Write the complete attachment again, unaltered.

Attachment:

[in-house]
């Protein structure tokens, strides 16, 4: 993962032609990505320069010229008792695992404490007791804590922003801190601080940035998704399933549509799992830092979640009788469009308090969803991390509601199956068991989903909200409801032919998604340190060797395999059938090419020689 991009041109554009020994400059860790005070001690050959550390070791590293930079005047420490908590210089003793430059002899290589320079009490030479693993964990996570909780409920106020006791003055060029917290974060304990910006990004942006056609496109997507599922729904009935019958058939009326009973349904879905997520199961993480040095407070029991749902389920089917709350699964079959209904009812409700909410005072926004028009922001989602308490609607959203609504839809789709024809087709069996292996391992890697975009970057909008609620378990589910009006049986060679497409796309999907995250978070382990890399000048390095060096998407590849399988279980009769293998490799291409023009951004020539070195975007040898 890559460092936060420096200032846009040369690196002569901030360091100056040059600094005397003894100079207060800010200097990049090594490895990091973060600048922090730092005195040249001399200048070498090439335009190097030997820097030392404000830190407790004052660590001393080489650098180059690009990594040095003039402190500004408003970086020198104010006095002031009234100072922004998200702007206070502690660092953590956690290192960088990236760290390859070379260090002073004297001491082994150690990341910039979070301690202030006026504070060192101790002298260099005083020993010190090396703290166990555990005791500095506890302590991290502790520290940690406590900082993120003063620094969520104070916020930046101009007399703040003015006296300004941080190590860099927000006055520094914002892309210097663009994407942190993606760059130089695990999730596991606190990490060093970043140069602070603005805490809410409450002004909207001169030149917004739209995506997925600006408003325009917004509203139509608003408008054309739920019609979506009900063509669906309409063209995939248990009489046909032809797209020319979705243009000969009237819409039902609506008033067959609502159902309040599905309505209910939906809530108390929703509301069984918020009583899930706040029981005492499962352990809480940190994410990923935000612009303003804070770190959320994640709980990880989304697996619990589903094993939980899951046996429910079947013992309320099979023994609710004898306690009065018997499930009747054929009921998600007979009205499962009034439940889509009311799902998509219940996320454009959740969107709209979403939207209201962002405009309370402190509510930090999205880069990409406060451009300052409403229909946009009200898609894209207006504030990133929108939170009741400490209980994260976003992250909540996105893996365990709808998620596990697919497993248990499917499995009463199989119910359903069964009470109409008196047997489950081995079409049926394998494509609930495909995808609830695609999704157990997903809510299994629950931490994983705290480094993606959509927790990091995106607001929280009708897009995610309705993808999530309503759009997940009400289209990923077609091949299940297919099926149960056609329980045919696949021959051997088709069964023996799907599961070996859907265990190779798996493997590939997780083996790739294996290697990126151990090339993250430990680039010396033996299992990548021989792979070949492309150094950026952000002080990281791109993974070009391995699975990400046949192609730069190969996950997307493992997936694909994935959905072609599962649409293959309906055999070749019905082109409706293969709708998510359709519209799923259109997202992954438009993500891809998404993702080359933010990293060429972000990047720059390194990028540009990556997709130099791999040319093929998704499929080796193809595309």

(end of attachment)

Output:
[in-house]
């Protein structure tokens, strides 16, 4: 993962032609990505320069010229008792695992404490007791804590922003801190601080940035998704399933549509799992830092979640009788469009308090969803991390509601199956068991989903909200409801032919998604340190060797395999059938090419020689 991009041109554009020994400059860790005070001690050959550390070791590293930079005047420490908590210089003793430059002899290589320079009490030479693993964990996570909780409920106020006791003055060029917290974060304990910006990004942006056609496109997507599922729904009935019958058939009326009973349904879905997520199961993480040095407070029991749902389920089917709350699964079959209904009812409700909410005072926004028009922001989602308490609607959203609504839809789709024809087709069996292996391992890697975009970057909008609620378990589910009006049986060679497409796309999907995250978070382990890399000048390095060096998407590849399988279980009769293998490799291409023009951004020539070195975007040898 890559460092936060420096200032846009040369690196002569901030360091100056040059600094005397003894100079207060800010200097990049090594490895990091973060600048922090730092005195040249001399200048070498090439335009190097030997820097030392404000830190407790004052660590001393080489650098180059690009990594040095003039402190500004408003970086020198104010006095002031009234100072922004998200702007206070502690660092953590956690290192960088990236760290390859070379260090002073004297001491082994150690990341910039979070301690202030006026504070060192101790002298260099005083020993010190090396703290166990555990005791500095506890302590991290502790520290940690406590900082993120003063620094969520104070916020930046101009007399703040003015006296300004941080190590860099927000006055520094914002892309210097663009994407942190993606760059130089695990999730596991606190990490060093970043140069602070603005805490809410409450002004909207001169030149917004739209995506997925600006408003325009917004509203139509608003408008054309739920019609979506009900063509669906309409063209995939248990009489046909032809797209020319979705243009000969009237819409039902609506008033067959609502159902309040599905309505209910939906809530108390929703509301069984918020009583899930706040029981005492499962352990809480940190994410990923935000612009303003804070770190959320994640709980990880989304697996619990589903094993939980899951046996429910079947013992309320099979023994609710004898306690009065018997499930009747054929009921998600007979009205499962009034439940889509009311799902998509219940996320454009959740969107709209979403939207209201962002405009309370402190509510930090999205880069990409406060451009300052409403229909946009009200898609894209207006504030990133929108939170009741400490209980994260976003992250909540996105893996365990709808998620596990697919497993248990499917499995009463199989119910359903069964009470109409008196047997489950081995079409049926394998494509609930495909995808609830695609999704157990997903809510299994629950931490994983705290480094993606959509927790990091995106607001929280009708897009995610309705993808999530309503759009997940009400289209990923077609091949299940297919099926149960056609329980045919696949021959051997088709069964023996799907599961070996859907265990190779798996493997590939997780083996790739294996290697990126151990090339993250430990680039010396033996299992990548021989792979070949492309150094950026952000002080990281791109993974070009391995699975990400046949192609730069190969996950997307493992997936694909994935959905072609599962649409293959309906055999070749019905082109409706293969709708998510359709519209799923259109997202992954438009993500891809998404993702080359933010990293060429972000990047720059390194990028540009990556997709130099791999040319093929998704499929080796193809595309």